LAKE WORTH BEACH — After years of discussions, workshops, public meetings and no swimming in Lake Worth Beach’s long-shuttered municipal pool, the city commission decided on Tuesday to… wait some more.
The five-person board is in agreement that the pool, located a stone’s throw from the Atlantic Ocean at the city’s beach complex, must reopen after being closed since 2016.
But how to get there is a matter of opinion.
Commissioners convened Tuesday for a special meeting scheduled to finish drafting an “invitation to negotiate,” a procurement process that allows the city to enter into discussions with developers interested in a public-private partnership that puts the pool back in use.
Before that discussion could begin, Mayor Betty Resch proposed shelving talks until a future commission workshop so that board members, along with an architectural consultant, can craft design elements – splash pads, tiki huts, public access, etc. – to be followed by potential developers.
“I think we all want to be a part of that,” Resch said.
That response drew an angry reaction from outgoing Vice Mayor Herman Robinson, who has previously accused his colleagues of slow-walking action on the pool.
“That’s what we want to do is talk,” he said.
Robinson also took aim at commissioners for posing as impromptu pool designers, warning that “is the worst case possible” and that the result will be “like a committee that’s asked to design a horse and comes away with a camel.”
“This is absolutely the wrong way to go,” said Robinson, who announced in October that he will not seek re-election. “We are going to get less and it’s going to cost us more…This is a scary night for me.”
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The better move, Robinson said, is to issue the invitation to negotiate drafted by city staff, which asks prospective builders for proposals on:
- Modernizing the 34,000 square foot pool facility.
- Developing the barely-used second floor of the beach complex building.
- Some combination of the first two options.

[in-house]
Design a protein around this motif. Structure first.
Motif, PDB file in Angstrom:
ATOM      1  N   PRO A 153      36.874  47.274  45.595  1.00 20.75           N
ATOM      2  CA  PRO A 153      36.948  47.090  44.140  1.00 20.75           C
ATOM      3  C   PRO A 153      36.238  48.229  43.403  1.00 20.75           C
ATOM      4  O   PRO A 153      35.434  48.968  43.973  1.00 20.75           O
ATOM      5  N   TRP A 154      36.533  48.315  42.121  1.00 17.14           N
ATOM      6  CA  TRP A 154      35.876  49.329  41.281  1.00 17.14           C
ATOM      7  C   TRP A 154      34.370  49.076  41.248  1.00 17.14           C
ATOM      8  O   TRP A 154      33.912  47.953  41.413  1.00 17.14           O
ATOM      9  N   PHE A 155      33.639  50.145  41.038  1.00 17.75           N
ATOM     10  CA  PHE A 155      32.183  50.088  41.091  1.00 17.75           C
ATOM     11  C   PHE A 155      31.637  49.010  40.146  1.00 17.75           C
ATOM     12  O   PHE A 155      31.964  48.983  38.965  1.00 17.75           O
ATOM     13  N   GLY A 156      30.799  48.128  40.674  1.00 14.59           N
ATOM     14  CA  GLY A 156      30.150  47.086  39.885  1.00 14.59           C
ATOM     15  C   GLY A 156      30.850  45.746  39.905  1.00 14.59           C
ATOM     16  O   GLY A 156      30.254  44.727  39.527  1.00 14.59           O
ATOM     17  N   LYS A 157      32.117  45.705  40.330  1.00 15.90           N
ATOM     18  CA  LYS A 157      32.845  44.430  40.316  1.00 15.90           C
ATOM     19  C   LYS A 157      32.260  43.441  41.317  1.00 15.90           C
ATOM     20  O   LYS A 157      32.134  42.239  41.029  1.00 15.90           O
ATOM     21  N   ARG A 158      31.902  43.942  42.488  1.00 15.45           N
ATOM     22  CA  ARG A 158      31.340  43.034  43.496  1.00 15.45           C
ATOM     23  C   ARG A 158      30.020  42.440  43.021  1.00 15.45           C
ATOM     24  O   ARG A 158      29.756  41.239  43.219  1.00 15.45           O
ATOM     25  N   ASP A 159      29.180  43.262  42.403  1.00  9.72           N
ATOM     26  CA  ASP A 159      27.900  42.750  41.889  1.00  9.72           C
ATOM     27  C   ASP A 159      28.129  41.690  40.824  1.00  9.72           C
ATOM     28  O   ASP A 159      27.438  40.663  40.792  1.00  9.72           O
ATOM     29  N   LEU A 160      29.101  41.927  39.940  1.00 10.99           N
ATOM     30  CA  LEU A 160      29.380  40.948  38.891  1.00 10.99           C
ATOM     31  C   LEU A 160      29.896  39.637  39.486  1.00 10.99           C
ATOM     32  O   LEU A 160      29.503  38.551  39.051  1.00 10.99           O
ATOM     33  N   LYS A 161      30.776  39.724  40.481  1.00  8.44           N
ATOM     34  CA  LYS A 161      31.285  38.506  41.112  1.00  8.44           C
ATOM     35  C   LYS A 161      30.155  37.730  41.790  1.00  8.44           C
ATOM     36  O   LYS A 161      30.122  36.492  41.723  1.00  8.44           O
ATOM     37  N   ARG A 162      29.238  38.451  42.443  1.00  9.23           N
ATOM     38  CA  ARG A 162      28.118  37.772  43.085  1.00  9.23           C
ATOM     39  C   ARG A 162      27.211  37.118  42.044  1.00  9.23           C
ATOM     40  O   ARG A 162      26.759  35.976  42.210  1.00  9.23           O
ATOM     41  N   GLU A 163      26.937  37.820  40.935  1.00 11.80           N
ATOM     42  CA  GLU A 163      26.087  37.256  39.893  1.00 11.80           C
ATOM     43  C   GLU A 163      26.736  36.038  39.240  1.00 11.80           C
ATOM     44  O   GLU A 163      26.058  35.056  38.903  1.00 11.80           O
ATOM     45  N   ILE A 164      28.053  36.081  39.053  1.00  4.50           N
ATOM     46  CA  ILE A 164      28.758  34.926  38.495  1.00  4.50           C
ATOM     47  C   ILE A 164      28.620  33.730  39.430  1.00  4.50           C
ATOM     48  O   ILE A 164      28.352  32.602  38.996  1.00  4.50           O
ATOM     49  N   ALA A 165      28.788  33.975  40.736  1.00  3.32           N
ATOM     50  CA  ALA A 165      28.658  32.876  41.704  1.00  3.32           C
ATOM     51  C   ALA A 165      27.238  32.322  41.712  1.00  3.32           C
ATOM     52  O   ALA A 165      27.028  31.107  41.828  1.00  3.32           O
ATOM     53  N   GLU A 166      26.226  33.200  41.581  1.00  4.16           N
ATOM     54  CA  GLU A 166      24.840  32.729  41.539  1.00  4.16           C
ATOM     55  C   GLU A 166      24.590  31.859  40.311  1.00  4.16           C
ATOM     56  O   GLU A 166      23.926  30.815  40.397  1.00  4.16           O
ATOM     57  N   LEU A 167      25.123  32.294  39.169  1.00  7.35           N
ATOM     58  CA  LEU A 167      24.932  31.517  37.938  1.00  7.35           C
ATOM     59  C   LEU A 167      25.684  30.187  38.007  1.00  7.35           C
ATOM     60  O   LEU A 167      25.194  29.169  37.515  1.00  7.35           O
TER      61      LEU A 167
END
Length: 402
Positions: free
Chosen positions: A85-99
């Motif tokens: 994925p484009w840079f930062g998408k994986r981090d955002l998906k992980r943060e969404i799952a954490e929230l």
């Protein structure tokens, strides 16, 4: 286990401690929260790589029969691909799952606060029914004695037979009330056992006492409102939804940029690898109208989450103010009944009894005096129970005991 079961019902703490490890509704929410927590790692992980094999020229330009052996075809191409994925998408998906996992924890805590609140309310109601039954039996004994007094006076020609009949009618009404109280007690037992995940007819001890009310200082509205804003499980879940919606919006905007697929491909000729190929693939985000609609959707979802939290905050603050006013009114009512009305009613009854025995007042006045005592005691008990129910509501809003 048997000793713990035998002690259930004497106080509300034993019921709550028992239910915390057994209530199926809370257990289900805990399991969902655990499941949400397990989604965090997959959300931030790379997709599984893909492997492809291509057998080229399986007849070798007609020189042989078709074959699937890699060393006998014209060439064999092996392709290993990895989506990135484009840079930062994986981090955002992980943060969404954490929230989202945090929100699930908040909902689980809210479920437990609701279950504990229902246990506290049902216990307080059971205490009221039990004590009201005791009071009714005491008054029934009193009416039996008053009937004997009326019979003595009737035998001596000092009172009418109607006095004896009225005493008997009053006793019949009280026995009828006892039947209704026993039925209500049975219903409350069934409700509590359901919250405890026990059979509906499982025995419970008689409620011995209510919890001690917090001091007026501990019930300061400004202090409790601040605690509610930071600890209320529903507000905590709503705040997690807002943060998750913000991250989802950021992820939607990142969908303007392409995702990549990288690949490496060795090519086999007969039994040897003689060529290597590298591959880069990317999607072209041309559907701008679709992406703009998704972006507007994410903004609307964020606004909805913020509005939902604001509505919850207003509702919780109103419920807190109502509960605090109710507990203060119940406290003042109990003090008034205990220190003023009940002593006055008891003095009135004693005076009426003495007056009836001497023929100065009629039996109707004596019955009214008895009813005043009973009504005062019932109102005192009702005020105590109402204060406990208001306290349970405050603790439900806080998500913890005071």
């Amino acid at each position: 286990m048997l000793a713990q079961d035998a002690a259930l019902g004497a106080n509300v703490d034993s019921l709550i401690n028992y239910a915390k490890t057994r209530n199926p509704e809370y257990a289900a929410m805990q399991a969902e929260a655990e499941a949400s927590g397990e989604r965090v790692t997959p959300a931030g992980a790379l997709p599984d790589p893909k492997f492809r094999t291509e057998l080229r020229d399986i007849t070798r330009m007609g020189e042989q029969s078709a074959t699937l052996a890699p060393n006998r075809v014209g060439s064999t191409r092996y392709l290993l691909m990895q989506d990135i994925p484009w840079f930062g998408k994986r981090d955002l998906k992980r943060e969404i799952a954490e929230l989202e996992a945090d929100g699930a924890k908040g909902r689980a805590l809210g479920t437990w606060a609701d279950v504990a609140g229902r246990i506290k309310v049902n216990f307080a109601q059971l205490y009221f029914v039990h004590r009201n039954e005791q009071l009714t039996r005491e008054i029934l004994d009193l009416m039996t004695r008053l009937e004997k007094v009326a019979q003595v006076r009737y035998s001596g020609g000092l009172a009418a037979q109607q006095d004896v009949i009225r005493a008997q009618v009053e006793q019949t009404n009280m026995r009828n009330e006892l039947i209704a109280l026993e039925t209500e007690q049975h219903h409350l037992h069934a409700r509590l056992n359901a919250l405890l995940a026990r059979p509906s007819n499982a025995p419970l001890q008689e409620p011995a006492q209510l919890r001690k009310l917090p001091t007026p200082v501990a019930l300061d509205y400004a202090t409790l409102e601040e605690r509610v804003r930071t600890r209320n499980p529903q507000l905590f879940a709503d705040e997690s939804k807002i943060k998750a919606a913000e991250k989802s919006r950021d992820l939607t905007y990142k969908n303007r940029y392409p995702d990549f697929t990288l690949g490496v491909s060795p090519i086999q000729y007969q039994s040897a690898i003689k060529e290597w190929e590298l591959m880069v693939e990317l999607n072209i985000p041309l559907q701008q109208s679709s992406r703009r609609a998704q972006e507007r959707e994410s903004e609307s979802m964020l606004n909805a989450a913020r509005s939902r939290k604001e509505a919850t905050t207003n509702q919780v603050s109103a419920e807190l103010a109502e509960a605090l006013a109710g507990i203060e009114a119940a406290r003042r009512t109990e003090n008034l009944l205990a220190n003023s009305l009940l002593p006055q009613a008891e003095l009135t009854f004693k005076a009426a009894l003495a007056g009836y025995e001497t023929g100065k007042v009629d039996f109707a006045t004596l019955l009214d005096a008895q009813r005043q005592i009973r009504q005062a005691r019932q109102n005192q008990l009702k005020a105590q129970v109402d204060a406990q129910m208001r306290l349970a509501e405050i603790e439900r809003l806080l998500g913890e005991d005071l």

Robinson argued the responses to the invitation would give the commission a good idea of builder interest in the pool complex without committing the city to a deal.
That opinion stood alone. The commission voted 4-1 to schedule a workshop in January with the next step in the process – whatever that might be – coming four weeks later. As of Thursday, the workshop has not been set on the city calendar.
Resch said that she understood Robinson’s “frustration” but that a workshop where commissioners can focus on the issue will be a “good exercise for the outcome.”
Commissioner Christopher McVoy urged moving with urgency to get the pool open while adding, “we don’t want to be too hasty.”
The pool is a political hot potato in Lake Worth Beach – former city manager Michael Bornstein once called it the “third rail” of city politics – and played a role in Resch, McVoy and fellow board members Kim Stokes and Sarah Malega being elected in March.
“There is a lot of emotion tied to this pool and there’s a lot of emotion on this dias tied to the pool,” Resch said.
A workshop assures the commission is able to “narrow down what we’re looking for,” Resch said.
That’s already happened, countered Robinson, pointing to a Nov. 8 workshop in which commissioners spelled out their visions for the pool complex and directed city staff to draft the ITN.
The commission then met Dec. 7, but declined to accept or reject the ITN, sending it back to staff for more revisions and scheduling Tuesday’s one-hour special meeting.
Again the commission chose not to vote on the ITN and it remains uncertain what the city’s next move will be. It could skip the ITN and issue a request for proposal, a document that describes a project in detail and solicits bids from contractors.
“There is no bad direction here,” Resch said. “Just different directions.”
Not so, said Robinson.
“Whatever time it takes, I’m willing to wait if it’s done right, but I think we’re going in the wrong direction here,” he said.